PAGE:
BirdLife Cyprus said on Friday it found the opposition of the Game and Fauna Service to the temporary prohibition of hunting to be a shortsighted approach which risks the recovery of a threatened species.
The game service said a week ago that it disagreed with the possible suspension of turtle-dove hunting on the instructions of EU agencies over what Brussels describes as alarmingly decreasing populations throughout Europe.
The government however, the game service said, was against the possible suspension, citing a number of reasons, among them that in Cyprus there was limited number of quarry species to hunt compared with other countries.
BirdLife said EU member states approved the Action Plan for the Turtle Dove, calling it a “particularly hopeful” development for the future of the turtle dove, as it constitutes an important effort for the recovery of the species.
“Unfortunately, however, Cyprus, through the Game and Fauna Service, has expressed its opposition to one of the measures of the Species Action Plan, specifically the temporary prohibition to hunt the species (moratorium),” BirdLife said. “Despite these objections, the European Commission has emphasised that the restriction of hunting is necessary across the EU, from 2018”.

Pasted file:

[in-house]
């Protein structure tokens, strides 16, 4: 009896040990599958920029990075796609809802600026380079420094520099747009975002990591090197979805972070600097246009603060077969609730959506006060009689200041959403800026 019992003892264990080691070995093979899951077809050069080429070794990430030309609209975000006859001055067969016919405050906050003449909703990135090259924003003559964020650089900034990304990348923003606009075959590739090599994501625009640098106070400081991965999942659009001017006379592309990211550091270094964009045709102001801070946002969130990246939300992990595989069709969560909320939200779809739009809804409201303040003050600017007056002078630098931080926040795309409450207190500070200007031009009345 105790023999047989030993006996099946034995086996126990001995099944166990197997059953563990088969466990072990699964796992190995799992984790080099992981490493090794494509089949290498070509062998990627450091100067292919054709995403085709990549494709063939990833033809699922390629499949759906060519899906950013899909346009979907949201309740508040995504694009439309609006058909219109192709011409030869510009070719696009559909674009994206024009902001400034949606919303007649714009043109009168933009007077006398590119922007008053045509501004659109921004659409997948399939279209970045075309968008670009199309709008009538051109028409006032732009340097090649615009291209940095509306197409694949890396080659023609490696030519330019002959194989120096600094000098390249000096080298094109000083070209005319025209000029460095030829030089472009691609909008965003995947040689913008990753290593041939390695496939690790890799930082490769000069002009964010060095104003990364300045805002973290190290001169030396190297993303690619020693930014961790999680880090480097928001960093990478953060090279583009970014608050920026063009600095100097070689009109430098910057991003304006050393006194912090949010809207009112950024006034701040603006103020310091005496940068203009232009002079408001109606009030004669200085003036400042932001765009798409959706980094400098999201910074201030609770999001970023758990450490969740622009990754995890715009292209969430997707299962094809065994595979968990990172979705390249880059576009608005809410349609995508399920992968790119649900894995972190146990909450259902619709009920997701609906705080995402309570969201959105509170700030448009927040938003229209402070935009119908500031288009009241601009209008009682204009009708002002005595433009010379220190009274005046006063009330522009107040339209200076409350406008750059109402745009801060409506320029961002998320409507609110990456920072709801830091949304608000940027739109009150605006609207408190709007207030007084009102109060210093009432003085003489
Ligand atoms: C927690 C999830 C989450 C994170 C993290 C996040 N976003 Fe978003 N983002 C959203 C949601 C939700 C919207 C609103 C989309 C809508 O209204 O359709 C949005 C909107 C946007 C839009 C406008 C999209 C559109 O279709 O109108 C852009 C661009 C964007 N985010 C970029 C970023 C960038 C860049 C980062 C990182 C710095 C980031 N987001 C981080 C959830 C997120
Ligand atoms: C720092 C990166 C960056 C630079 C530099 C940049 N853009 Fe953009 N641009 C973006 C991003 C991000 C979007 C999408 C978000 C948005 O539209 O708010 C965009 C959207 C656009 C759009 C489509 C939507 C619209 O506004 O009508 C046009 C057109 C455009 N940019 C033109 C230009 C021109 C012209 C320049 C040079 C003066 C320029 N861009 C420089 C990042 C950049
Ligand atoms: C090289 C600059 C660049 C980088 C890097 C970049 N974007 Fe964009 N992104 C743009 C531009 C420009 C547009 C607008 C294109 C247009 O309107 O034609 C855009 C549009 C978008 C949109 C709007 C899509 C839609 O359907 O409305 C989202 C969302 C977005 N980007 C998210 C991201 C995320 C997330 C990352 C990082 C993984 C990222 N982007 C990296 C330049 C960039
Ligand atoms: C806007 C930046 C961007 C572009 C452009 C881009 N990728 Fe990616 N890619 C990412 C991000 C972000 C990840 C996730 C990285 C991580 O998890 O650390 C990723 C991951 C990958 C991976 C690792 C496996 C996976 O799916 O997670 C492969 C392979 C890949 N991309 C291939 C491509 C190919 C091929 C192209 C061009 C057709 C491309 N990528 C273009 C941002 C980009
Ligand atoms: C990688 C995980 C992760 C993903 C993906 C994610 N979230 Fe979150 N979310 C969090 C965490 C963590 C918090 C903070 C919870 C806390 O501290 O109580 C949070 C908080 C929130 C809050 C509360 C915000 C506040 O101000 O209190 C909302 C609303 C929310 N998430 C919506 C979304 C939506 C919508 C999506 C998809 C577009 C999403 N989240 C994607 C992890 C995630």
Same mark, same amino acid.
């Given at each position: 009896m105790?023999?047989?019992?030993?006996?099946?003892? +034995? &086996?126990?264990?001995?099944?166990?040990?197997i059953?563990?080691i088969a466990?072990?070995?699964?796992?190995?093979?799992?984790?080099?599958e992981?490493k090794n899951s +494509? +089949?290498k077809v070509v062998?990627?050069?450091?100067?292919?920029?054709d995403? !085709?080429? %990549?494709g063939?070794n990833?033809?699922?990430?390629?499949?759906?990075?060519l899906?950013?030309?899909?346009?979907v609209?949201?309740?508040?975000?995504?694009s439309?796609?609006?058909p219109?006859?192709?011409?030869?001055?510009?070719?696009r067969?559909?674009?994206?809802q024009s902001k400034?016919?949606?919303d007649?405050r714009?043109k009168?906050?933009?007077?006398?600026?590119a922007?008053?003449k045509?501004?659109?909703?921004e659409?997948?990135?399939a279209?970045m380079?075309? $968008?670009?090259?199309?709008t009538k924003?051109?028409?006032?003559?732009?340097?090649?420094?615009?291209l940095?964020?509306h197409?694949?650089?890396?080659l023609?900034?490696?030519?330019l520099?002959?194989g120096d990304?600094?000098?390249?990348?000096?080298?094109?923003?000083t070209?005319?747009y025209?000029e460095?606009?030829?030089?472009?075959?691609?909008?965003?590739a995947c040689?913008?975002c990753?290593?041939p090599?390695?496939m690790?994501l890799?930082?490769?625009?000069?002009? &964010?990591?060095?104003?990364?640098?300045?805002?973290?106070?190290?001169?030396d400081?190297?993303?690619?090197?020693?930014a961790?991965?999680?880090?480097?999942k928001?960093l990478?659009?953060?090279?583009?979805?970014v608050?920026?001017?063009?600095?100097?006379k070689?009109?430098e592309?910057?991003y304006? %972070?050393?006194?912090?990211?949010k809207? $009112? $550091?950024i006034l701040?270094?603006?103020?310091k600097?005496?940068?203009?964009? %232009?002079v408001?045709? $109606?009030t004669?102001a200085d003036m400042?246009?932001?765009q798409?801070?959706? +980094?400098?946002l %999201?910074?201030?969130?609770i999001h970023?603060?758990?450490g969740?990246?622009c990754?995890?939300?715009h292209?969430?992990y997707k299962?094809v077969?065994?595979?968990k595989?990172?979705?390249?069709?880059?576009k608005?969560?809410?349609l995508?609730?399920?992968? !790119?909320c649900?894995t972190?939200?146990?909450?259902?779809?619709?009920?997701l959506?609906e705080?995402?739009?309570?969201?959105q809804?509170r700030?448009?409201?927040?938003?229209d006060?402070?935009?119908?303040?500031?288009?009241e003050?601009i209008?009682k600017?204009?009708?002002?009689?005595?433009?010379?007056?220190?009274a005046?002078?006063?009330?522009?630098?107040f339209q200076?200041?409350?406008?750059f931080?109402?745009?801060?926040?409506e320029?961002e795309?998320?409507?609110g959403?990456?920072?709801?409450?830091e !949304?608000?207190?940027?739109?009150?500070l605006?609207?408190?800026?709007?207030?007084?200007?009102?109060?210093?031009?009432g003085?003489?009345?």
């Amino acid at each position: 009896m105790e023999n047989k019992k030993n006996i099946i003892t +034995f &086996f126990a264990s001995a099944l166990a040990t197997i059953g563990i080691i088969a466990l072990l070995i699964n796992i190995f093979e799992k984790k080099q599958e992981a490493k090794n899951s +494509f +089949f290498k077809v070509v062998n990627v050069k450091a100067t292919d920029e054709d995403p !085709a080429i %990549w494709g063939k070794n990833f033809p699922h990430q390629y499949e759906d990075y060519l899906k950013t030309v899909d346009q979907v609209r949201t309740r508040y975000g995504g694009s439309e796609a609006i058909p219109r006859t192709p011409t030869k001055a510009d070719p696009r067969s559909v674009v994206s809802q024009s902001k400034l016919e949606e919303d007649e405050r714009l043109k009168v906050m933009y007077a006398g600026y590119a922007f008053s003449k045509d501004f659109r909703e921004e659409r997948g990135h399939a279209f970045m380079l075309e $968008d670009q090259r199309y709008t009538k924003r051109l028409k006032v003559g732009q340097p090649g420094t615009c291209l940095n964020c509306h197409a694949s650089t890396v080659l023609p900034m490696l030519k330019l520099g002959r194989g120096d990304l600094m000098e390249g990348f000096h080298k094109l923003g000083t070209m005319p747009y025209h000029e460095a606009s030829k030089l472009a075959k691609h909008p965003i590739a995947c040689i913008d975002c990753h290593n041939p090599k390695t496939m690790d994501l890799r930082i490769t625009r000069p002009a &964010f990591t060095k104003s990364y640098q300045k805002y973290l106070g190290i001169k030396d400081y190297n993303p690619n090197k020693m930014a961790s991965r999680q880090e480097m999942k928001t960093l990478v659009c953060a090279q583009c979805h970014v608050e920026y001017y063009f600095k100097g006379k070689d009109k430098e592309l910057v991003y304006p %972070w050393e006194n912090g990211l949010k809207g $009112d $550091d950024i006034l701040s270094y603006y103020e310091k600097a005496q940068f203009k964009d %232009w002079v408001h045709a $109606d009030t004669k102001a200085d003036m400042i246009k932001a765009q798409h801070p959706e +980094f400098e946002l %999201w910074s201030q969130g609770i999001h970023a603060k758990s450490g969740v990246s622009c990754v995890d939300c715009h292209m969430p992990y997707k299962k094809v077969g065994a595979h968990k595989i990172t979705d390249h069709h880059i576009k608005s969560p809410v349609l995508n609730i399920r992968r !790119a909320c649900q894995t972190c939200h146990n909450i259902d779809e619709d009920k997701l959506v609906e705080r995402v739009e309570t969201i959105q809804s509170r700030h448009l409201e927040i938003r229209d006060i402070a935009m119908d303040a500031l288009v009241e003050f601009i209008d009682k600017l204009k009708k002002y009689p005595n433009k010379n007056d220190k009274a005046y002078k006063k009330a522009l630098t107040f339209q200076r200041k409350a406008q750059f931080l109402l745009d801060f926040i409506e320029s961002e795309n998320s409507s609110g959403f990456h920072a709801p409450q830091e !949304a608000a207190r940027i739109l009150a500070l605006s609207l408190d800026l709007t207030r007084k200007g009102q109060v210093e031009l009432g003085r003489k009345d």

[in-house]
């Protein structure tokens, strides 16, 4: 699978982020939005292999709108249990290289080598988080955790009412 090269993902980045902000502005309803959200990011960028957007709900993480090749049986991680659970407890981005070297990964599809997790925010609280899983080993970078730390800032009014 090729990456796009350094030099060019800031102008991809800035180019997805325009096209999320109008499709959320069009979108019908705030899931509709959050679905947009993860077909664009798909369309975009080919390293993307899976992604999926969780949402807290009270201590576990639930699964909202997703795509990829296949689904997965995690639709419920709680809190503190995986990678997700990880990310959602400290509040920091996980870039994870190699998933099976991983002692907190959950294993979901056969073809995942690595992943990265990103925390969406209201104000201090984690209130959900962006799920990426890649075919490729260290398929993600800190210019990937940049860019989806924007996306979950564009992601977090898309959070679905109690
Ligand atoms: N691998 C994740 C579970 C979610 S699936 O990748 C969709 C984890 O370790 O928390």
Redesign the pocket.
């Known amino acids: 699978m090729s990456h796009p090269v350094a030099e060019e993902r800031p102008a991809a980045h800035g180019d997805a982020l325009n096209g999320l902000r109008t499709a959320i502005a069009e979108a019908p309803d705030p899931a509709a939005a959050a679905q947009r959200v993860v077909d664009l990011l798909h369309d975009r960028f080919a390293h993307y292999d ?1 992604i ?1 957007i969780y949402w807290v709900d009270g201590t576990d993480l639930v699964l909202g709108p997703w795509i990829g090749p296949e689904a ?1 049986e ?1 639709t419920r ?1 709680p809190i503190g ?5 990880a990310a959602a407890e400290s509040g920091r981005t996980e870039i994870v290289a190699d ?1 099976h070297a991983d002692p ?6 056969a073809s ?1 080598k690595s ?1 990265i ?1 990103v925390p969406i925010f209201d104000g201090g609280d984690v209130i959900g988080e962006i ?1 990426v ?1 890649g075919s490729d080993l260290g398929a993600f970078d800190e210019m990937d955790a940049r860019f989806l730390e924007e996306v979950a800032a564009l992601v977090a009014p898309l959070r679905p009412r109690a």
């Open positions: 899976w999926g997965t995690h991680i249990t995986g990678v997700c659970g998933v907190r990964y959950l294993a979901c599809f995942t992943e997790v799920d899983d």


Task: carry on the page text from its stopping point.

Opposed to this measure, in addition to Cyprus, are Greece, Bulgaria and Italy.
France, Malta, Spain and Portugal, where the turtle dove is a game species, did not oppose the temporary hunting prohibition. The European Commission emphasised that the member states that have opposed the temporary hunting prohibition cannot continue hunting as they do, and expects to be informed of the measures they will take for the effective reduction of the hunting pressure the turtle doves face, starting in 2018.
BirdLife said it would continue to closely observe the developments, both at a national and European level.
It said the turtle dove (Streptopelia turtur) is a migratory species which is globally threatened, with its populations in Europe having declined by 79 per cent from 1980 until 2014.
The reasons that led to its decline are habitat loss, illegal killing, hunting, as well as use of pesticides, draught and climate change.
“The reasons for the decline, as well as the fact that it is a migratory species, emphasize the importance of the collaboration of all stakeholders in the member states for any successful effort for the recovery of the species, from the protection and management of habitats to the management of hunting,” said BirdLife.